Wine is back. Not that it ever went away, but in my 10 years as an advanced certified wine professional, wine writer, retailer, and honorary cavaleiro (knight) in the Brotherhood of Port Wine, I’ve watched the public trade out cheesy wine bars for hipper watering holes mixing artisan cocktails or pouring craft suds. The ‘90s-slash-early-aughts versions of wine bars -- distinguished by a design fetish for cork art, dusty fake cellar cages, or plastic and vinyl grapes -- were dated, many serving juice bombs of fruity, flabby cabernet and buttery-as-movie-theater-popcorn chardonnay. Not that there’s anything wrong with those kinds of wines, but if you can just as easily grab them at your parent’s local grocery store, why would you go out to drink?
Then, as this decade started, a batch of young, bright sommeliers, retailers and wine importers started to change the game. Bars and restaurants started to get hip to lighter, fresher styles of wine -- the French even have a word for these drinkable, easy-to-pound sippers: glou, or glou-glou -- from all over the world. Global offerings from places as varied as Slovakia, Georgia (the country, not the state), the Canary Islands, Chile, and Mexico, now find shelf space alongside classic regions from France, Italy, and Spain. Changing tastes also ushered in the natural wine movement, a style of wine making that eschews heavy-handed winemaking for wines with nothing added, nothing removed. (Think of it as wine’s answer to craft, though the farming practices and winemaking techniques are as old as wine itself.)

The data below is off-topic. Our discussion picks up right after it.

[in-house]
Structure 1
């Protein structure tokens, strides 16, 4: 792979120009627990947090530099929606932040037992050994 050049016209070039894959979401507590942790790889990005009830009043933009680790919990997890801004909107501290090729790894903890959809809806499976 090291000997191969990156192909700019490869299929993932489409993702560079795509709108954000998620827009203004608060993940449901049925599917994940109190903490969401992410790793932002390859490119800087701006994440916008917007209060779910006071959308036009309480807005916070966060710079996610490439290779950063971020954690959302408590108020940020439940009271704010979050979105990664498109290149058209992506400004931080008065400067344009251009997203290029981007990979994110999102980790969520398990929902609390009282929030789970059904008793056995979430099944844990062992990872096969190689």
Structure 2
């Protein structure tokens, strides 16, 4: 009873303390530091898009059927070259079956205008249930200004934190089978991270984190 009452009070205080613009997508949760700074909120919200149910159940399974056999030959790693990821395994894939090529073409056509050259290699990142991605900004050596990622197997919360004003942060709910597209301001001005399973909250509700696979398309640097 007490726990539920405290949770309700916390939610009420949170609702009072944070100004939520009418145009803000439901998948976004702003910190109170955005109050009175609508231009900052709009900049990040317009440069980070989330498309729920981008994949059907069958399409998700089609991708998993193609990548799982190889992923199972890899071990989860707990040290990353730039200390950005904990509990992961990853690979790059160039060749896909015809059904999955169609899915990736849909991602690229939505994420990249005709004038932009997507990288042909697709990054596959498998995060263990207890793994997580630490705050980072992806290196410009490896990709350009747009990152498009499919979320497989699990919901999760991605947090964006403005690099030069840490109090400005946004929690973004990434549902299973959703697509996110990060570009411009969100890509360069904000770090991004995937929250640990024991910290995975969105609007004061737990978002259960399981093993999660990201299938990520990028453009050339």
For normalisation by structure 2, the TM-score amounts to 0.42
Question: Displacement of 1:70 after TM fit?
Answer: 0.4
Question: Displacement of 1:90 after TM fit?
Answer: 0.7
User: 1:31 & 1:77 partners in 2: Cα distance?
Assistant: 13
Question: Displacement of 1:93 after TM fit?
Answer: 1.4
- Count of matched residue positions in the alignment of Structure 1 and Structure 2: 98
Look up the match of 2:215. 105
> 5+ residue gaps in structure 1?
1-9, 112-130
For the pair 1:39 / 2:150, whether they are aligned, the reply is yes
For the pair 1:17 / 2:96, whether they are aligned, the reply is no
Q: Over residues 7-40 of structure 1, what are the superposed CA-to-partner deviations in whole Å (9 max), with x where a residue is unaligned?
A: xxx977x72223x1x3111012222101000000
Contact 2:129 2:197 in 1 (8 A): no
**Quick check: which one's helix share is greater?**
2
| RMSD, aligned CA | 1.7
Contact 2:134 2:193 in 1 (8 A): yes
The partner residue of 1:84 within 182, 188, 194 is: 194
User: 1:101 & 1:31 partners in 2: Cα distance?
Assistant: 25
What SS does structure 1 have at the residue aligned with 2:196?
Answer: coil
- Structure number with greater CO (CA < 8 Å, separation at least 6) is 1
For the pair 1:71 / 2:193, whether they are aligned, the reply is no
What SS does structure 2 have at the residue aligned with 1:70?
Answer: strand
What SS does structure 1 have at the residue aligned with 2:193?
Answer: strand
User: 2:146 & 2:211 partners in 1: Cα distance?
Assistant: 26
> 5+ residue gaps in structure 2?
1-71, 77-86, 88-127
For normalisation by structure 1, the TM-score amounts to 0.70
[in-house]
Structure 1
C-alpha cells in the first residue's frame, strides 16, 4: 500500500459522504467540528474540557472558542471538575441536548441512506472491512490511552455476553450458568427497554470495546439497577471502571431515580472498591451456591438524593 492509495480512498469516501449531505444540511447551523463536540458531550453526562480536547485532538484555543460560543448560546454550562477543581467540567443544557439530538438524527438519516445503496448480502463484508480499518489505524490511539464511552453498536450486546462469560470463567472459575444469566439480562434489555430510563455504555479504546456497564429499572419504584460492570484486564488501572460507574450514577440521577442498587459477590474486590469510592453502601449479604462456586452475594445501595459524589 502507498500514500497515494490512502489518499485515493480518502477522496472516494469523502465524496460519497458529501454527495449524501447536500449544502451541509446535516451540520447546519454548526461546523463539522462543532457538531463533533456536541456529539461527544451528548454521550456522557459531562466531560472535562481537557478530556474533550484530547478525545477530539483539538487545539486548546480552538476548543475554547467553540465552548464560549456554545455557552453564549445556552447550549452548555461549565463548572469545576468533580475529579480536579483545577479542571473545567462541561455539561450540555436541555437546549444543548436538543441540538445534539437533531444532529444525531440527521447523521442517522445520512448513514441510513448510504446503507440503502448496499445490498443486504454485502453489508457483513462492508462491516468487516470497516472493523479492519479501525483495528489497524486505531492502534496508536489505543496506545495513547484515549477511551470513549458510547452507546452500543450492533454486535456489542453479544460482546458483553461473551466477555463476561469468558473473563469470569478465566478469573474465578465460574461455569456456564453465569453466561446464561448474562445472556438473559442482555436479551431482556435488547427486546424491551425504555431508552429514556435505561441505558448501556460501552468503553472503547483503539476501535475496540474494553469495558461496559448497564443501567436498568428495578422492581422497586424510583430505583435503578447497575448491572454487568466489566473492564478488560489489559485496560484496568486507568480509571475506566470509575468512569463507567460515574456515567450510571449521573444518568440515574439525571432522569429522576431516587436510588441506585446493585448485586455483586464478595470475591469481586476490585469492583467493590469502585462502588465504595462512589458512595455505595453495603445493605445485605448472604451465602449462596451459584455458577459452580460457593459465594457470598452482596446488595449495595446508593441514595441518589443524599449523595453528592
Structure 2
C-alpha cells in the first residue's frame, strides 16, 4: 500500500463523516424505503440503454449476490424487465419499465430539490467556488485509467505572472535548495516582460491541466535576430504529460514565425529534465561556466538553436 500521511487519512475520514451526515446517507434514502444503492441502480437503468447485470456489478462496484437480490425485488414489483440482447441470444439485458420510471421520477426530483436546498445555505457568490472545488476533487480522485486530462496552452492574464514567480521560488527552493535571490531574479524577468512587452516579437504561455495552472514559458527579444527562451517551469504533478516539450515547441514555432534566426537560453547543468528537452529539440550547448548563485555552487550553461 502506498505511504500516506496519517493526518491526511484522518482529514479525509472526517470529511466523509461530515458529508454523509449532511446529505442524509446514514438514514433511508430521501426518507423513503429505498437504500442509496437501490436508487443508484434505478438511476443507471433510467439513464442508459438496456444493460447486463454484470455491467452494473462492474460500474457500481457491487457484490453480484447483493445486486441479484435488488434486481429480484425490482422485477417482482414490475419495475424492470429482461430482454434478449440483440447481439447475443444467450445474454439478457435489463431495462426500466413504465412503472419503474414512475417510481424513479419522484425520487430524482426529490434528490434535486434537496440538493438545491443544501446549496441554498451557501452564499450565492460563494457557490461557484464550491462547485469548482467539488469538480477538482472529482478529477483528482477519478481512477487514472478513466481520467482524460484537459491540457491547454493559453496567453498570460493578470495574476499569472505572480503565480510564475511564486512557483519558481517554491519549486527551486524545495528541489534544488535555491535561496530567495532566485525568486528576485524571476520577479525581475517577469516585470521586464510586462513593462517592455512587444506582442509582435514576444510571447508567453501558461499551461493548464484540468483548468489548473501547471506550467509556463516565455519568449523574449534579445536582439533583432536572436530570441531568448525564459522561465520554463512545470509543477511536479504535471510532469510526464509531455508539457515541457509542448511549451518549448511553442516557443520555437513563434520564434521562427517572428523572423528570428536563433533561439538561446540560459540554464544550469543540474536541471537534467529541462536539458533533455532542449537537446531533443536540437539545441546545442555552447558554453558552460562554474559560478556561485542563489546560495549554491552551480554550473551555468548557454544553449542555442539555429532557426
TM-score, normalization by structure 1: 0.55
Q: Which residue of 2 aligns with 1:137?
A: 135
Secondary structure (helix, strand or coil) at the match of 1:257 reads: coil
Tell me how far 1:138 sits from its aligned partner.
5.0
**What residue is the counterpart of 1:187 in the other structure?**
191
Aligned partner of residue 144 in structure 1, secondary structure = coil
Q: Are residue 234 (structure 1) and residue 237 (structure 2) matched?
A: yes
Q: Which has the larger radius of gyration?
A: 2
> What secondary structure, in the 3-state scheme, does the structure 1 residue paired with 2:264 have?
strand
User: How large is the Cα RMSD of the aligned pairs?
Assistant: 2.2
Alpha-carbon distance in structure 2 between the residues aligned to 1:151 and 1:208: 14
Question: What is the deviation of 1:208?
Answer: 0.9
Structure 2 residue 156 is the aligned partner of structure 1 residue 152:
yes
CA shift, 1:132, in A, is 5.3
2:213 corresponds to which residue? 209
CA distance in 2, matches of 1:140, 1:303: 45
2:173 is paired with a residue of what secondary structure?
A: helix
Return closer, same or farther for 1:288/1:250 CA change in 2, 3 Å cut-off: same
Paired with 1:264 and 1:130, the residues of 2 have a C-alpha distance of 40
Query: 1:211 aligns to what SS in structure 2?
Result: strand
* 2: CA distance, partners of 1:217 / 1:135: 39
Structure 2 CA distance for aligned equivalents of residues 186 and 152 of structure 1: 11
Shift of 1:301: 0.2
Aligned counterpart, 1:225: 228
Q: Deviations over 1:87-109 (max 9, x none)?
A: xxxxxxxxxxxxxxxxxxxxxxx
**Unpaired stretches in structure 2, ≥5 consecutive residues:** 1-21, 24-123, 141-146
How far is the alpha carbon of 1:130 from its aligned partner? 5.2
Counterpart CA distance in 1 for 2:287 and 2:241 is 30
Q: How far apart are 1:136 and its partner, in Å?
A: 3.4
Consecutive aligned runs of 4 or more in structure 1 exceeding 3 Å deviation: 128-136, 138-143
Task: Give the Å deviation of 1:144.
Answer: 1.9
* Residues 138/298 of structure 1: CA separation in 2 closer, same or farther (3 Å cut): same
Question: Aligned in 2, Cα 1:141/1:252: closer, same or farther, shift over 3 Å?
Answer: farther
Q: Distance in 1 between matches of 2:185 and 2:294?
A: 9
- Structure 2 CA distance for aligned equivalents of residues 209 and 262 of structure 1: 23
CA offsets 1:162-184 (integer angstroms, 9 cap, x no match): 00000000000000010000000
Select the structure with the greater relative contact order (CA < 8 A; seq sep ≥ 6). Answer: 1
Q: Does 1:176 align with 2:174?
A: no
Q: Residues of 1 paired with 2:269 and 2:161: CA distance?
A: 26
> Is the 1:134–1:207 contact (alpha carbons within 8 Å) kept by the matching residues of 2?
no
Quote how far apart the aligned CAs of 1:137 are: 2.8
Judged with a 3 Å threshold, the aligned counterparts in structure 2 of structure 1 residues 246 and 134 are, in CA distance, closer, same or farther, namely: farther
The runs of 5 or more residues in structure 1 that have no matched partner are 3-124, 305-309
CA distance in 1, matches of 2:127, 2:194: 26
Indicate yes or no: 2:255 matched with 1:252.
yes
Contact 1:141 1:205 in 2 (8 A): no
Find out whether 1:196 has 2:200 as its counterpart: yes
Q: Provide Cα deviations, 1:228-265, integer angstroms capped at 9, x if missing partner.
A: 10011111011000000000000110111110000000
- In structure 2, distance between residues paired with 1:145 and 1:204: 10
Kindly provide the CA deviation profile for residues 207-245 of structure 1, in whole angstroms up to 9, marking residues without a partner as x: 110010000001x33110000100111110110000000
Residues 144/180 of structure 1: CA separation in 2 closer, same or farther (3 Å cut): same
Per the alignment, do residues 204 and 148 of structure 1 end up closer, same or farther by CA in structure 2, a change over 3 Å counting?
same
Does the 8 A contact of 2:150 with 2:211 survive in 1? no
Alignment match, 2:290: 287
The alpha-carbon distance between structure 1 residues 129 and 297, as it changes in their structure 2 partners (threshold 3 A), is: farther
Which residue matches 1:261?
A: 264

Today? Wine bars are cool, without any of the pretensions of the past. Whether you’re looking for a date spot or looking to learn a thing or two about what’s in your glass, wine bars in all five boroughs offer a refuge from rowdy sports bars and trendy cocktail spots. Coupled with chef-driven food, cozy, modern decor, and affordable prices, wine bars have come a long way. Here are our favorites throughout New York City.